The days are counting down until the Derby, and having taken leading hope, John Leeper, on an away day to Epsom, Ed Dunlop is happy with how his charge is coming along ahead of June 5th’s Classic.
“We were very pleased with how he behaved and hopefully with what he learned from going there. I believe it would have been useful but we obviously won’t know for sure until the day,” Dunlop told Tote.
“He was very well balanced on the cambers, for all that we didn’t go very far or fast as the ground was too soft.”
A crack at the sport’s blue riband will be John Leeper’s fourth race of his career, having raced just once as a juvenile, finishing fourth at Doncaster.
His trainer explained that the backwards two-year-old suffered a minor hiccup after that run, but has returned as a three-year-old on the improve.
He’s two wins from two this term, latterly keeping on well to extend at the finish of a slowly-run Fairway Stakes at Newmarket.
He faces another two furlongs at Epsom, but the trip poses little concern for Dunlop.
“You would like to hope he’ll be OK. Obviously his mum won the Oaks and a lot of the Frankels are staying well. I’d be as confident as I can without having done it before, but obviously the proof of the pudding will be on race day.”
His dam took the fillies Classic on the same weekend 11 years ago, and while John Leeper might be on course for a similar success, he’s got a long way to go to be on par with her at this stage of life.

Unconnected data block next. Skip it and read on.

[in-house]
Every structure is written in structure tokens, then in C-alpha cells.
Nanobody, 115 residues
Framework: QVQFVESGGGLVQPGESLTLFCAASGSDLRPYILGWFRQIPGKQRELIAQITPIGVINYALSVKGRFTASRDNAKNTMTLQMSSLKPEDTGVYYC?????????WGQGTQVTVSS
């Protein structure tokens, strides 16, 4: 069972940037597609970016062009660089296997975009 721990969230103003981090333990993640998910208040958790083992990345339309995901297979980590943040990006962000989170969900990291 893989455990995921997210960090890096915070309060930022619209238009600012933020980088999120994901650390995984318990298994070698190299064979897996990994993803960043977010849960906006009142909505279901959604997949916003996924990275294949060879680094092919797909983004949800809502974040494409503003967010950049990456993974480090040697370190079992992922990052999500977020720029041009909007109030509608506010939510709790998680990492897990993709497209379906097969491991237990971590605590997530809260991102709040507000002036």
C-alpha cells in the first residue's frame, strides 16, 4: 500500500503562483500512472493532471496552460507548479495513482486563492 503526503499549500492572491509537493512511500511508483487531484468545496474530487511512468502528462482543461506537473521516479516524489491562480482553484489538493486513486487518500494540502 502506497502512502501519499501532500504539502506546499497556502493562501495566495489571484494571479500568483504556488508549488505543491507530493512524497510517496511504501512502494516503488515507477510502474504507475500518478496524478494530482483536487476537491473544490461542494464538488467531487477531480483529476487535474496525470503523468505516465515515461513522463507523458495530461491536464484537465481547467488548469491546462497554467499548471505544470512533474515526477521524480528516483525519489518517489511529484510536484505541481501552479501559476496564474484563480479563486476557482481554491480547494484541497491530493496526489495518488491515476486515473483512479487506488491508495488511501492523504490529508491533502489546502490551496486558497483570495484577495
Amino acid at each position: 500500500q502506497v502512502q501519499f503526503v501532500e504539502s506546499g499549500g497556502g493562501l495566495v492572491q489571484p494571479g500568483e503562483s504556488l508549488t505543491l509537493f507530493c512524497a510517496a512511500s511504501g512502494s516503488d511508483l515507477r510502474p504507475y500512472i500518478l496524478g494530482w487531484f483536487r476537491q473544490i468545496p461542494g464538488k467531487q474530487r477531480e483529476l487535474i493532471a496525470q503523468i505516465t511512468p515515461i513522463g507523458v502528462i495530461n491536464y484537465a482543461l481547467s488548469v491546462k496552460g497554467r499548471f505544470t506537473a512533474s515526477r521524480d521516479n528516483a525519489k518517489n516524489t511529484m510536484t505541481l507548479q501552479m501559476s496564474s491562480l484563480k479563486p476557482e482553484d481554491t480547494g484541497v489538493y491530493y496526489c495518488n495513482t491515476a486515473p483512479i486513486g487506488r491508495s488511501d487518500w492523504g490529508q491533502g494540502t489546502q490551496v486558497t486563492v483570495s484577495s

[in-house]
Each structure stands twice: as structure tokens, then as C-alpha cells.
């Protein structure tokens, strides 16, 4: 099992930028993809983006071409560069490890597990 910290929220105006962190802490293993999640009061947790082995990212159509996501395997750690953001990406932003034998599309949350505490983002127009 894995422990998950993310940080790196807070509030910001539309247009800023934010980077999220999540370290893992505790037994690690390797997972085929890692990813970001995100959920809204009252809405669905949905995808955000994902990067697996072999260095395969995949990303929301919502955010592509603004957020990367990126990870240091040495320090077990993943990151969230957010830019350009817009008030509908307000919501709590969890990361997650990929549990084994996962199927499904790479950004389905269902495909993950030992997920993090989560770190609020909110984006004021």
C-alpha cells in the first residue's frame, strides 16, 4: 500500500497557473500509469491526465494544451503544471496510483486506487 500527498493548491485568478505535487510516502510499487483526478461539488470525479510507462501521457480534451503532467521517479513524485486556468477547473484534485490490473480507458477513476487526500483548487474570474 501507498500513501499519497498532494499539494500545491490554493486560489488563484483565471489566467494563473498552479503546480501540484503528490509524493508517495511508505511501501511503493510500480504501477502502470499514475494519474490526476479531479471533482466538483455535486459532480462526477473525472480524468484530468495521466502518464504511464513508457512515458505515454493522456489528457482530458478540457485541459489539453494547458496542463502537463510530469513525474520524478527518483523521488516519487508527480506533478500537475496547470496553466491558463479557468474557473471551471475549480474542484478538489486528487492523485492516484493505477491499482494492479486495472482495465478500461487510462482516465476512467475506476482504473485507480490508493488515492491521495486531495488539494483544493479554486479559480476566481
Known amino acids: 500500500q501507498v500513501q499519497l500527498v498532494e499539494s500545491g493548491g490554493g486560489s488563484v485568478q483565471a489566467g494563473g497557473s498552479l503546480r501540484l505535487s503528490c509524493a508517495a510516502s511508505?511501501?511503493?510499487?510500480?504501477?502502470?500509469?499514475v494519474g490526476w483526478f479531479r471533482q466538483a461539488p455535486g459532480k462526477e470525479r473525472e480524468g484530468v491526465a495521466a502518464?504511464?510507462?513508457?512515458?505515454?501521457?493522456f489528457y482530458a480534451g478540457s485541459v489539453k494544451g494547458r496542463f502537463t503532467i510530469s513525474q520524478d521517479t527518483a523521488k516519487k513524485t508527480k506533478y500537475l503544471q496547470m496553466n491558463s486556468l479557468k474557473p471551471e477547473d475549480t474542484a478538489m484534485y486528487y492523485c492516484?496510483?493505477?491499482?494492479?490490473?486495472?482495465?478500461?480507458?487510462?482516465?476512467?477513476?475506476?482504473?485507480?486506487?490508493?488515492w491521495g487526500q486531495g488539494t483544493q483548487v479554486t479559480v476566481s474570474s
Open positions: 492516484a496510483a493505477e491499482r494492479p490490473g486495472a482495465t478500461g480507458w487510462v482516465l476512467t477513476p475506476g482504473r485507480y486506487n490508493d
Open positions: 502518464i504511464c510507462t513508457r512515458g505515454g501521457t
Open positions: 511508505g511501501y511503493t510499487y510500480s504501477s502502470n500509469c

“He’s a long way behind Snow Fairy at this point of their careers,” Dunlop said.
“She was more experienced, ran more as a two-year-old, had won an Oaks Trial very impressively at Goodwood, but went in as a slightly long-shot in the Oaks, but of course the rest is history.
“He’s a much bigger horse which probably comes from daddy, but he’s bright, athletic and so far has been a very sound and healthy horse, so long may that continue.”
By Frankel, out of Snow Fairy and named after Ed Dunlop’s late father and legendary trainer John, the colt doesn’t want for a lofty profile, something not lost on his trainer.
“He’s by a world champion, out of a world champion and named after my dad, there doesn’t get much more pressure than that. But at the moment it’s good pressure.
“Mrs Patino named the horse after my dad, she was a longstanding client and a great friend of his, so there’s a lot of sentiment attached as you can imagine.
“That being said, if Johnny were to win the Derby we’d be very happy, not just because he’s named after my father, but simply because we’ve won the Derby.”
If his horse were to win on the Downs, it would mean that Dunlop has trained two Oaks winners who have gone on to sire Derby winners, with Ouija Board producing Australia for Derby success in 2014.
As for the race day itself, Dunlop is hoping the forecast dry weather materialises ahead of John Leeper’s date with destiny.
“The ground needs to come a long way at the moment, but we’re hoping for nice ground which looks like it will be.”
“We all know what the Downs are like, it does dry well and I’m sure Andrew Cooper will do a fantastic job.”
Dry out as many connections will hope, and John Leeper looks to have a top chance to write another fantastic chapter in the history not just of the race, but of his superstar equine parents, and the Dunlop family.
Derby Day at Epsom is the next World Pool event, where totes from around the world will combine their pools for punters to bet into. More liquidity from all over the globe, means stronger pools, and the opportunity for better Tote value.